Recent relevant publication:
Chen, L., Ong, B., and Bennett, V. 2001. LAD-1, the C. elegans L1CAM family homologue, has essential cell adhesion roles in the early embryo, participates in cell migration, and is a substrate for phosphotyrosine-based signaling. Journal of Cell Biology 154: 841-855.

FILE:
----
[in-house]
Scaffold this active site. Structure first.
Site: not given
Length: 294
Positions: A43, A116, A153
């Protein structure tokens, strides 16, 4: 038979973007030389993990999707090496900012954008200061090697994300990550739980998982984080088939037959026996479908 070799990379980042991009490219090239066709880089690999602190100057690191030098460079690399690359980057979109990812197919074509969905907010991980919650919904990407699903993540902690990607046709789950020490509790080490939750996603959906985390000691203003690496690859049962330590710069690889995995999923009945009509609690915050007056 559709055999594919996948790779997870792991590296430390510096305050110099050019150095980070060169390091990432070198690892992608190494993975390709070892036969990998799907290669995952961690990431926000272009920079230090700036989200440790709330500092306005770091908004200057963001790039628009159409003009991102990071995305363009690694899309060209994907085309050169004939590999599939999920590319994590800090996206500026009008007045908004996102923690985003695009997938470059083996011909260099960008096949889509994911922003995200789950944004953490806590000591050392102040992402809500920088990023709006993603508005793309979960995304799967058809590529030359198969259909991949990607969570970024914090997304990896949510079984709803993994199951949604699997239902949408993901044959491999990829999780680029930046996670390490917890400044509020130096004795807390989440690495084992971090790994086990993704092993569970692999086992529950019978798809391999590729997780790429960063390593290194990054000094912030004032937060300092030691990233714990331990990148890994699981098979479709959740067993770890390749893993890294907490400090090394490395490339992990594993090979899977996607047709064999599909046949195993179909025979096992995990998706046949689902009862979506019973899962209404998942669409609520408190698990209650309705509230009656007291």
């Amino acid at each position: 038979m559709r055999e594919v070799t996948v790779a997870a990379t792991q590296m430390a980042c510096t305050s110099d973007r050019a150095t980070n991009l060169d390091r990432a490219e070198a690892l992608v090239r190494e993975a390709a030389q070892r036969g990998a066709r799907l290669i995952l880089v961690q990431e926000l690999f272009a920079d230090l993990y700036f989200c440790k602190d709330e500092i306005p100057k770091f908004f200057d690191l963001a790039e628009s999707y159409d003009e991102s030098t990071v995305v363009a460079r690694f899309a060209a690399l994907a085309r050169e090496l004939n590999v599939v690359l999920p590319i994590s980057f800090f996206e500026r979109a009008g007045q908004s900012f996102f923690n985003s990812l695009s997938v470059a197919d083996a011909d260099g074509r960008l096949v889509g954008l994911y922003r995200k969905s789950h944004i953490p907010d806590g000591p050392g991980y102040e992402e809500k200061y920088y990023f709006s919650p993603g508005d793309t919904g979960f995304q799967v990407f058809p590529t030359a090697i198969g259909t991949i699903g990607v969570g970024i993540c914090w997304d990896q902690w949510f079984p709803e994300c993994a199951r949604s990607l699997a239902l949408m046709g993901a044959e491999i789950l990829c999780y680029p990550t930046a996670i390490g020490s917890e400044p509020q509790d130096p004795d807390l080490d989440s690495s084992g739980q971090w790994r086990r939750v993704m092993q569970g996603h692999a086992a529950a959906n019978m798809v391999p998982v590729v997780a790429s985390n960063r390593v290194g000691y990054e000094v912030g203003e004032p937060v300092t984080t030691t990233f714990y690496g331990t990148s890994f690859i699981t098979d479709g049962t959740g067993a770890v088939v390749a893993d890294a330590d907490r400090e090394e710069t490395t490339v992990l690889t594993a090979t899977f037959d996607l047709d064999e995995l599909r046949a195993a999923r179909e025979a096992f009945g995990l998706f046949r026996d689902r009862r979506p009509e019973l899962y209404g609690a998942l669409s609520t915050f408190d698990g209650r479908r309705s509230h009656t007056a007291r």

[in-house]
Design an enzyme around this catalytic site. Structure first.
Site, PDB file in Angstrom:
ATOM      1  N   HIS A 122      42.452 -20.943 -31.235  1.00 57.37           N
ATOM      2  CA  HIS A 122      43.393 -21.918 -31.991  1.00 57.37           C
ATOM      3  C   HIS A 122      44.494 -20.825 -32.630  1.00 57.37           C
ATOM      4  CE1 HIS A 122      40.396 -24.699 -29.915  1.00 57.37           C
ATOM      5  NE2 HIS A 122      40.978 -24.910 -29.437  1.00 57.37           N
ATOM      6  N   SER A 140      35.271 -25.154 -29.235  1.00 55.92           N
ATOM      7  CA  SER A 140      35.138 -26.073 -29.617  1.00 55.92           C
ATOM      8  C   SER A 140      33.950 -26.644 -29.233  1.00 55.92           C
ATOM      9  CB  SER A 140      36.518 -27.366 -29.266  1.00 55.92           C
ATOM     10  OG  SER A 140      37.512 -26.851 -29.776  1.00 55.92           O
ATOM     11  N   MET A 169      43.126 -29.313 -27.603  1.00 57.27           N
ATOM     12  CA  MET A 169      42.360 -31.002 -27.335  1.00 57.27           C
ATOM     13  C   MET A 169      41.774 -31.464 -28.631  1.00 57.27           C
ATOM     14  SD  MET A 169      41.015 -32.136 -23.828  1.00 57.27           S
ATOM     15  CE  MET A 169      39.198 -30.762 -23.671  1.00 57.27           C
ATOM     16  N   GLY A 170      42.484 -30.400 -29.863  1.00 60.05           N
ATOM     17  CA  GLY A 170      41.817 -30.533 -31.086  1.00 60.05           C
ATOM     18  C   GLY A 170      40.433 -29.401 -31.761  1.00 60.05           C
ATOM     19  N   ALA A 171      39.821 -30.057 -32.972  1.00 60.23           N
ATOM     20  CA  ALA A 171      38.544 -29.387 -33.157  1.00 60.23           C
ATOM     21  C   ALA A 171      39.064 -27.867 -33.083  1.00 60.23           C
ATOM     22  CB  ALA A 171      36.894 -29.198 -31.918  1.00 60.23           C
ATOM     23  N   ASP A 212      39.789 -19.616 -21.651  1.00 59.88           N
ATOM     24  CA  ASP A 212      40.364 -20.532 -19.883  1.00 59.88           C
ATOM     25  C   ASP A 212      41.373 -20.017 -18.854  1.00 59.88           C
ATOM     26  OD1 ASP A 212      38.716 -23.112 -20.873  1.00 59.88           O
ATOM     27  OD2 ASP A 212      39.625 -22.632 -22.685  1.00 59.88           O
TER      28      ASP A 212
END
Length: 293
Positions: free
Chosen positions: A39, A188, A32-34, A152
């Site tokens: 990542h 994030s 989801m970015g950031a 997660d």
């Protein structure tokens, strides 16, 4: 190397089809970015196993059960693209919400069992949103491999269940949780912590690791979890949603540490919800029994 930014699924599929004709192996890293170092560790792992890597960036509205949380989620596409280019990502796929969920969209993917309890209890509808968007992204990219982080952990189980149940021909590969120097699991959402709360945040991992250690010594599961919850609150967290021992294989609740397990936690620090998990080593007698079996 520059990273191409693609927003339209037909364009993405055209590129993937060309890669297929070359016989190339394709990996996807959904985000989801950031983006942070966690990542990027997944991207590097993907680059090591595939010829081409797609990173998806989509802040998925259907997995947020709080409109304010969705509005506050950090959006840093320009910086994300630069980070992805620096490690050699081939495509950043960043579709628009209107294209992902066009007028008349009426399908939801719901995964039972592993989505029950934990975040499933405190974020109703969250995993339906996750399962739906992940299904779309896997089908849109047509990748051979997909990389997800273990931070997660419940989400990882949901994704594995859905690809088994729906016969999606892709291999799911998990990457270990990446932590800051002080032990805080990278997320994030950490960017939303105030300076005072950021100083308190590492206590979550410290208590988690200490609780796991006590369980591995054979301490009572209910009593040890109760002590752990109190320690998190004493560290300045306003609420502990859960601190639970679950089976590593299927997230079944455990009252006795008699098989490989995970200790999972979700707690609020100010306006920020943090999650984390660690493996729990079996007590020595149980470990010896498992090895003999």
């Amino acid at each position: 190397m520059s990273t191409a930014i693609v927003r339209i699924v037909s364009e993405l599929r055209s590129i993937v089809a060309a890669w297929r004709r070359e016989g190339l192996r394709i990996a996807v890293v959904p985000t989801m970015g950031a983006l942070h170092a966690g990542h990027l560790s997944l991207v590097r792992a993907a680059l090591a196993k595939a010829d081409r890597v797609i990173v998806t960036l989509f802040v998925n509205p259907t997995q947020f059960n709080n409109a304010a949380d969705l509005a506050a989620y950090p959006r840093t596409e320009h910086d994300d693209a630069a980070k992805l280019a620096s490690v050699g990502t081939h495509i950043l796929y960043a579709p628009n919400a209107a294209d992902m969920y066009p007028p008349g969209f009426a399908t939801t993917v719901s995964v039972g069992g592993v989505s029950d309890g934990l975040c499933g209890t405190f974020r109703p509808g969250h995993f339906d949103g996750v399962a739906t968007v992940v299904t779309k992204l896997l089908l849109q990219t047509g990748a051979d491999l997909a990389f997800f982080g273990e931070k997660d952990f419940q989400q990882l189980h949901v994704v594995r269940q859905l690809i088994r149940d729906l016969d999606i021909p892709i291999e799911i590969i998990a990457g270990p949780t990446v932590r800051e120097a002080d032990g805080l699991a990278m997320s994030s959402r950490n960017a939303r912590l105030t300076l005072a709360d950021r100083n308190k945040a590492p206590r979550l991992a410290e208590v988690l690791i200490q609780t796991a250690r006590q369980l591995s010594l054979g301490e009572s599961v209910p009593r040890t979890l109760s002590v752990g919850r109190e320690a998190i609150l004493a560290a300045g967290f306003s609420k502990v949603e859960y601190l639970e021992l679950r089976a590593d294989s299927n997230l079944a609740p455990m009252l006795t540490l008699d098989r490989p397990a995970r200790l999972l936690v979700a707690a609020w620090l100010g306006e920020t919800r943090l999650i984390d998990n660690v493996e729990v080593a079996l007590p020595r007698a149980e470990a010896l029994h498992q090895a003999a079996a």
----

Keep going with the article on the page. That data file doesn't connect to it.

To properly segregate replicated chromosomes during mitosis requires the formation of a mitotic spindle, which consists of microtubules that emanate from the spindle poles and connect to chromosome-associated kinetochores. Kinetochores track along microtubule plus ends as the microtubules self-assemble and disassemble via dynamic instability. Due to the stochastic nature of microtubule dynamic instability, the sister kinetochores can transiently move away from each other, each kinetochore tracking along a disassembling microtubule. In this case, tension will develop between the kinetochores in the chromatin that links them together. Prior work suggested that tension influences the switching behavior associated with dynamic instability. We found that a Monte Carlo simulation model for microtubule dynamic instability that includes tension-mediated microtubule switching was consistent with experimental observations of both wild-type and replication-deficient GFP-tagged yeast kinetochores during metaphase. This model also requires that a stable spatial gradient of microtubule catastrophe rate exists, with a higher probability of catastrophe (stochastic switching from self-assembly to disassembly) occurring at the spindle equator than at the poles. Together, these processes can account for the spatial organization of yeast kinetochore microtubules and the results suggest that tension in the kinetochore-DNA complex promotes the stabilization of microtubules and protects them from disassembly.